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September 17, 2007 – Comments (7)

Hot-headed investors make better decisions: study

"Contrary to the popular belief that the cooler head prevails, people with hot heads -- those who experienced their feelings with greater intensity during decision-making -- achieved higher decision-making performance," they wrote.

The study monitored 101 stock investors in a simulated trading exercise spanning four weeks.

Get back to me when they're betting their own money, and they've got 4 years worth of data.

7 Comments – Post Your Own

#1) On September 17, 2007 at 10:44 AM, TMFHelical (99.05) wrote:

Does that mean that stock newsletters that CAPITALIZE, repeatedly underline, and use lots of exclamation points make better recommendations as well?

 Just wondering? : )

Zz

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#2) On September 17, 2007 at 11:03 AM, BroadwayDan (98.27) wrote:

hahahahahahah YOU JERKOS!  WE HOOOTHEADS ARE NUMBER ONE!  WE'RE NUMBA 1!  WE'RE NUMBA ONE! 

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#3) On September 17, 2007 at 11:37 AM, southseacapital (98.71) wrote:

I saw this on Yahoo Finance as well. I ran through at least 10 things wrong with this "study" in my head as well. In all of my experience calm, and disciplined investing is the ONLY way to beat the market.

Also a hothead is likely to go on hot streaks and then "blowup", losing a majority of their money in a short period of time.

Warren Buffet discredits this study. I'm suprised Yahoo even reported on it.

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#4) On September 17, 2007 at 4:53 PM, TMFBent (99.81) wrote:

"Does that mean that stock newsletters that CAPITALIZE, repeatedly underline, and use lots of exclamation points make better recommendations as well?

 Just wondering? : )"

I believe capitalization, repeated underling, and exclamation points are reserved for marketing materials, no? Along with promises of enormous returns? And maybe, just maybe, a ridiculous assumption made to seem normal or even wise via 20/20 hindsight, such as praise for a couple putting their entire life savings into BRK in 1957? (I see that one here now.)

Alas, you're swatting the wrong blog for that kind of thing. I'm the one who has repeatedly criticized the misleading Hidden Gems that is sitting to the right of the blog as I look for the original post. And this blog takes heat for doing so.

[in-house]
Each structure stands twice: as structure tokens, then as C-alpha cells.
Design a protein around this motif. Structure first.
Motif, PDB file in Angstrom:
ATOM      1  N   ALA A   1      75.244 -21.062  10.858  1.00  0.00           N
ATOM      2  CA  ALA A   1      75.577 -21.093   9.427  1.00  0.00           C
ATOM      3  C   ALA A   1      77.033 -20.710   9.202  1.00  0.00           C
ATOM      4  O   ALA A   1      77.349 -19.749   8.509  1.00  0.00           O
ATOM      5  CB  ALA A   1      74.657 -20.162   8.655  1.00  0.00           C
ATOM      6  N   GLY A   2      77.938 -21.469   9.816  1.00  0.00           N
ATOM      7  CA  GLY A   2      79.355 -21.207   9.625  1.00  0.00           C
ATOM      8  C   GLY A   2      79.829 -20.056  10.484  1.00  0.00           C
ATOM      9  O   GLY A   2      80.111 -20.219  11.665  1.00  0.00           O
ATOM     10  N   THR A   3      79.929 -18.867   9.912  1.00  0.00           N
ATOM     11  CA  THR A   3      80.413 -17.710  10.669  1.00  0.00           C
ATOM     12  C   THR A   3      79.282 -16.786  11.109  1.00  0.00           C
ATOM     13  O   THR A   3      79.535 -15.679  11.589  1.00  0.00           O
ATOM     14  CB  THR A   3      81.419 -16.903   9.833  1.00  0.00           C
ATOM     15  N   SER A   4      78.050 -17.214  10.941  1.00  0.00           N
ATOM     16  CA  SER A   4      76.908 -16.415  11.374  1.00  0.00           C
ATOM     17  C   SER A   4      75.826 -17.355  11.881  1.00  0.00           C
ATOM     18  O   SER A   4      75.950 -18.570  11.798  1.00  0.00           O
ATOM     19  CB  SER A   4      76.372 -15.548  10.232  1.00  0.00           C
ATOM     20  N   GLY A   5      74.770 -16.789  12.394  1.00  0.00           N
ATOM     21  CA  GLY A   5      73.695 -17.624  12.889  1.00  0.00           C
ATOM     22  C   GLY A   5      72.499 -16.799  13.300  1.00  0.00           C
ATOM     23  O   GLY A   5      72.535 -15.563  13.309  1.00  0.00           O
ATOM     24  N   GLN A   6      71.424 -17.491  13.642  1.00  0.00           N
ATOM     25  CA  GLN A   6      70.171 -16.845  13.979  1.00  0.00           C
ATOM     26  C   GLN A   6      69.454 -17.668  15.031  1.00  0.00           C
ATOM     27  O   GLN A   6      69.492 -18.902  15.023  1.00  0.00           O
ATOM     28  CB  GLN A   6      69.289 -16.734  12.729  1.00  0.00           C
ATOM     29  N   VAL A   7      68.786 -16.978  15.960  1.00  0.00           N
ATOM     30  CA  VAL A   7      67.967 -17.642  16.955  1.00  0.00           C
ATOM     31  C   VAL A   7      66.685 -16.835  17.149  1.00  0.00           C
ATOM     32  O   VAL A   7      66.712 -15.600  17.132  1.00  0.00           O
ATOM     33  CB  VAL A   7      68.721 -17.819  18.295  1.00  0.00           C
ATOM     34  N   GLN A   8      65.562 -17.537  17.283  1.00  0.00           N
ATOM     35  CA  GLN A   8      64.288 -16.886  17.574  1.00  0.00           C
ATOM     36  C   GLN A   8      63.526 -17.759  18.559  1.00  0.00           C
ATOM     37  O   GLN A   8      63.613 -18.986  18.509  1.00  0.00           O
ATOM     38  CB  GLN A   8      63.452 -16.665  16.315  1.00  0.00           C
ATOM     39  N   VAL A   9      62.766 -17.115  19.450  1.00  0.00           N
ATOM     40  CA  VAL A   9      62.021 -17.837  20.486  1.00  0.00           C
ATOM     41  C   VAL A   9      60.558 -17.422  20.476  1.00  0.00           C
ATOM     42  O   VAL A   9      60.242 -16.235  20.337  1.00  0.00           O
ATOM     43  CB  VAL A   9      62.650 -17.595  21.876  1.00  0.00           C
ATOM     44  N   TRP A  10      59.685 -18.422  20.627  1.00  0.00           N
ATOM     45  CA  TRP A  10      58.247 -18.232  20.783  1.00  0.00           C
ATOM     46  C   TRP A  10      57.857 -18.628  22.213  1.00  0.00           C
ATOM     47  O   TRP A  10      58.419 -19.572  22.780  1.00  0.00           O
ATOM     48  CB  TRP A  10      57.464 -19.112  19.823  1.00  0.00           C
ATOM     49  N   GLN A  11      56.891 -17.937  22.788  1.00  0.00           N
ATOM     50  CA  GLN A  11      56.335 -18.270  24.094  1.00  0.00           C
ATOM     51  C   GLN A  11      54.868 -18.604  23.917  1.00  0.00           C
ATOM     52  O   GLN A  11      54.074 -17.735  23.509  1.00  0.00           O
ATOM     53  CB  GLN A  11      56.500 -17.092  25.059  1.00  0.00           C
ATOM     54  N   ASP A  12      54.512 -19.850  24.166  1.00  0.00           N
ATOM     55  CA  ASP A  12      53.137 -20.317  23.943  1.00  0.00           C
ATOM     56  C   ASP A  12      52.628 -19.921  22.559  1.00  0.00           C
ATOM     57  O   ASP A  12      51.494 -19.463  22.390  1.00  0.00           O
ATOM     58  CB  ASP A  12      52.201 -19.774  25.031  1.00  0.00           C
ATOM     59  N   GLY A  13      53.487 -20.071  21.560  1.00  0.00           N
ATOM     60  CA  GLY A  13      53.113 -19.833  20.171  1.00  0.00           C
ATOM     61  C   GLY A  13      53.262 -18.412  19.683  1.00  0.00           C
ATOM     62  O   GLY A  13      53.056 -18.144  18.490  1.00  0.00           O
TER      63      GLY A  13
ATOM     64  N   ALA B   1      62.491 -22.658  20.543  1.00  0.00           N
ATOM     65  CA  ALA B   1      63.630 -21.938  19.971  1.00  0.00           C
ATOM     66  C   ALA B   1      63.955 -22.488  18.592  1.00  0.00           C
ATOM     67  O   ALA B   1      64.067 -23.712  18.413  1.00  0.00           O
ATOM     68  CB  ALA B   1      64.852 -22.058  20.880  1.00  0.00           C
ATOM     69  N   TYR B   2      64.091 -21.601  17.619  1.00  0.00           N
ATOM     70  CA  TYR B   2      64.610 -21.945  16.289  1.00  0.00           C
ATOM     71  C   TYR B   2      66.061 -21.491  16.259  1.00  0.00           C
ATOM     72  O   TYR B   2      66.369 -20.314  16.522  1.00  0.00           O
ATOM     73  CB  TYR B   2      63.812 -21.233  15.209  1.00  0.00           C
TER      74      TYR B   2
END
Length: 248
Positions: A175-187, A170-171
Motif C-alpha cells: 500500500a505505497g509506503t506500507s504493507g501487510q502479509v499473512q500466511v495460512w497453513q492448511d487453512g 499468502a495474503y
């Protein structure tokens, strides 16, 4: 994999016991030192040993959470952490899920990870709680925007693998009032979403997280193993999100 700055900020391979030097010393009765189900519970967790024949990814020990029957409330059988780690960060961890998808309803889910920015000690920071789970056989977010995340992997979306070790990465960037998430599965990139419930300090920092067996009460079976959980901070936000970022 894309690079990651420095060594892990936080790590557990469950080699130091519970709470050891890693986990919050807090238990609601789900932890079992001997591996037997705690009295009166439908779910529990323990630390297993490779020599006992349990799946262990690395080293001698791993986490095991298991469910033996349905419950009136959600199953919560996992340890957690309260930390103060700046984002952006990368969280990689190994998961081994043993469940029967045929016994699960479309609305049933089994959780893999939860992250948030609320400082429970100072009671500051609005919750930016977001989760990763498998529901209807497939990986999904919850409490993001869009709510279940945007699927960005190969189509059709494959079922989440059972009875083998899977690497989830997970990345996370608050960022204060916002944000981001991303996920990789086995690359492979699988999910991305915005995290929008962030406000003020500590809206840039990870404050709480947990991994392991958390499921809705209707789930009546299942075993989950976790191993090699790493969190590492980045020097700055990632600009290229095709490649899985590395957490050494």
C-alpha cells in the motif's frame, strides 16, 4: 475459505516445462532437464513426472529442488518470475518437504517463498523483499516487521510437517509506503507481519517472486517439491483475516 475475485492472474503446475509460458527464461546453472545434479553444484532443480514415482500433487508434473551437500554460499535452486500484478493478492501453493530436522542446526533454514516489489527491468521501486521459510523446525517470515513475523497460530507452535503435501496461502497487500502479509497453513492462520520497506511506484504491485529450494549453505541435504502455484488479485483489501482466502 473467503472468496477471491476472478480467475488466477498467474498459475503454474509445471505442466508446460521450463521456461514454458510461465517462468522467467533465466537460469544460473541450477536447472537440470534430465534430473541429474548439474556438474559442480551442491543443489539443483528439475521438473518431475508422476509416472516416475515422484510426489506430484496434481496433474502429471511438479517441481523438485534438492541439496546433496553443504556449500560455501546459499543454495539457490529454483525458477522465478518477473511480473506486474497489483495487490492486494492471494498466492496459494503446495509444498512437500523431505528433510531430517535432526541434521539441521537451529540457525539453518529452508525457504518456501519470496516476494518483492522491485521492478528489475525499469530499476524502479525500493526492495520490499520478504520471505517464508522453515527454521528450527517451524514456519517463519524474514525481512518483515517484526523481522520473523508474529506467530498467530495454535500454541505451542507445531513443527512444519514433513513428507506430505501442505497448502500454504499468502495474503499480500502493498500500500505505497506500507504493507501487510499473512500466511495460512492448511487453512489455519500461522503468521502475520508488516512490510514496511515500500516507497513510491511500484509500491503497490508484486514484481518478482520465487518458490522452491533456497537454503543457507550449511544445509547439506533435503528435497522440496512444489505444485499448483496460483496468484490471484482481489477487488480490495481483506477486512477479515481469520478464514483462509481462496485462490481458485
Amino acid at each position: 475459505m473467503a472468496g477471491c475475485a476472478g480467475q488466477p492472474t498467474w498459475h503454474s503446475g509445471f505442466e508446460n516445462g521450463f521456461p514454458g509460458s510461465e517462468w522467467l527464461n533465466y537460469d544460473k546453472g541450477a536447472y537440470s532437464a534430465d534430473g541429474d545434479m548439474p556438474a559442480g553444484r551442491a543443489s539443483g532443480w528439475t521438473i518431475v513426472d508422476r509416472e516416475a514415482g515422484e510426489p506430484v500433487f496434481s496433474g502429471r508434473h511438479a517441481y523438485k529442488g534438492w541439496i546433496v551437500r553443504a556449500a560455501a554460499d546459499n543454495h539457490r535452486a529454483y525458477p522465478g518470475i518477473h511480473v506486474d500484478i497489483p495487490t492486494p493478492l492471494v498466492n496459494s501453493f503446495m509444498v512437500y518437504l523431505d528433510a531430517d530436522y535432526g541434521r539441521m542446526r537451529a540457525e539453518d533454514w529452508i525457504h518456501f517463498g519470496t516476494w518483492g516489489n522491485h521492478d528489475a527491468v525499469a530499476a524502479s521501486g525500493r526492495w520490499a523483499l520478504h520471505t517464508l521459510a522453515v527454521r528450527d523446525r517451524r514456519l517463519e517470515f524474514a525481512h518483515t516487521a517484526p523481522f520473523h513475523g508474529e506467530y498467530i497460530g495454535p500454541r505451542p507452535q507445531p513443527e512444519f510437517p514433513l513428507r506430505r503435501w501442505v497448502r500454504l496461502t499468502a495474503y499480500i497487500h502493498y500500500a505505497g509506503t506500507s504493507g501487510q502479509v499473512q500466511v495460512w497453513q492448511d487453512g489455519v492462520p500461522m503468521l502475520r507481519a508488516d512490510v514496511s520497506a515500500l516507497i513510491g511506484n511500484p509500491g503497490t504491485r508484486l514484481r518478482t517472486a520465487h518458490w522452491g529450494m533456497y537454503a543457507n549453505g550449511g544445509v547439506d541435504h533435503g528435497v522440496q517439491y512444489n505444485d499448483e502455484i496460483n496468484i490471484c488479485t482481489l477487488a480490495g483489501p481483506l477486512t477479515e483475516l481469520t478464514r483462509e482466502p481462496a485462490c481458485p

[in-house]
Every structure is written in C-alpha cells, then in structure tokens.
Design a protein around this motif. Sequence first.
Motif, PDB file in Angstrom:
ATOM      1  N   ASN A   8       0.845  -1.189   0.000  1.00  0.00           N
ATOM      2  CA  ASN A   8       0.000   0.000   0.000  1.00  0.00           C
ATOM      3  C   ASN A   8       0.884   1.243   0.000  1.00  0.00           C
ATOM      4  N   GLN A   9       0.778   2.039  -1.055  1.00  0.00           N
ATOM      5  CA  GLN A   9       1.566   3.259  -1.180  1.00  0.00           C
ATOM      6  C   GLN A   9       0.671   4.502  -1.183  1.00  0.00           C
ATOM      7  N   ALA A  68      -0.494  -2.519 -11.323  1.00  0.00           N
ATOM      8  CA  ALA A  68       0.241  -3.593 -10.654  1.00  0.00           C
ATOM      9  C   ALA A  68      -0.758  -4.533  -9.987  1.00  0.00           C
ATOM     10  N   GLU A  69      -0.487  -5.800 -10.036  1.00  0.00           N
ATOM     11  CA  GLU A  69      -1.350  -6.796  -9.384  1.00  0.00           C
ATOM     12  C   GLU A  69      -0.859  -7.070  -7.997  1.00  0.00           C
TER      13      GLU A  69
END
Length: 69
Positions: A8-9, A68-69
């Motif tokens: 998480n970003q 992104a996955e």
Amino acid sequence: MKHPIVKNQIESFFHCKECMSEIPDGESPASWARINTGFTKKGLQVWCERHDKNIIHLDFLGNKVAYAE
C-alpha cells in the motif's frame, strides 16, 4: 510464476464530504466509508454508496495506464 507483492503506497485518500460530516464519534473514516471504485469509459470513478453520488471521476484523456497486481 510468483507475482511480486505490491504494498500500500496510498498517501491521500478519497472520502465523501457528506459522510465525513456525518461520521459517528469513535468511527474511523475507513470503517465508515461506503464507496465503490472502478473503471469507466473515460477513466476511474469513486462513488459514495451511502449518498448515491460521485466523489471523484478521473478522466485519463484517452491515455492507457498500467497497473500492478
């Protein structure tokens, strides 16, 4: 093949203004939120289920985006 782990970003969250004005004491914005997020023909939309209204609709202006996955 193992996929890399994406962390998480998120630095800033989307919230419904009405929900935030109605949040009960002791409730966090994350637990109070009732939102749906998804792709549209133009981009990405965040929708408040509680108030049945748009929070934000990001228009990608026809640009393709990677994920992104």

Sj

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#5) On September 17, 2007 at 7:45 PM, retailsails (95.69) wrote:

Ironically, there is an ad to the right of this blog that says I could have made $300 million if I were an early investor (50 years ago) in Berkshire Hathaway...damn I should have invested...

Instead, why not just highlight one of the many picks from the FOOL newsletters which have provided outsized returns over the last few years?

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#6) On September 17, 2007 at 10:02 PM, TMFBent (99.81) wrote:

As I've mentioned, I don't write the ads. No one would like them if I did. They'd say stuff about thinking critically, and hard work, and not getting too excited, and other kinds of things that don't generally sell products to the hopeful.

What frosts my begonias is that such ads are misleading in terms of survivorship bias and other backward-looking thinking. "Of course! If only I'd invested my life savings in a tiny, billboard-traded retailer that was competing against huge, successful companies, but turned out to become the biggest of them all! That would have been so smart!"

That, to me, is not a whole lot different than saying, "If only I'd put my life savings on 00 on the wheel! I'd have made 35 times my money! And if only I'd done it three or four times in a row! All I'd have had to do is find the wheel and the time when that number hit 4 times in a row!"

A lot of luck looks, in hindsight by those who don't think things through, like skill or smarts.

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#7) On September 18, 2007 at 1:14 PM, TMFHelical (99.05) wrote:

"Alas, you're swatting the wrong blog for that kind of thing."

 Not swatting - just going for humor.  I agree with your sentiment.

Zz

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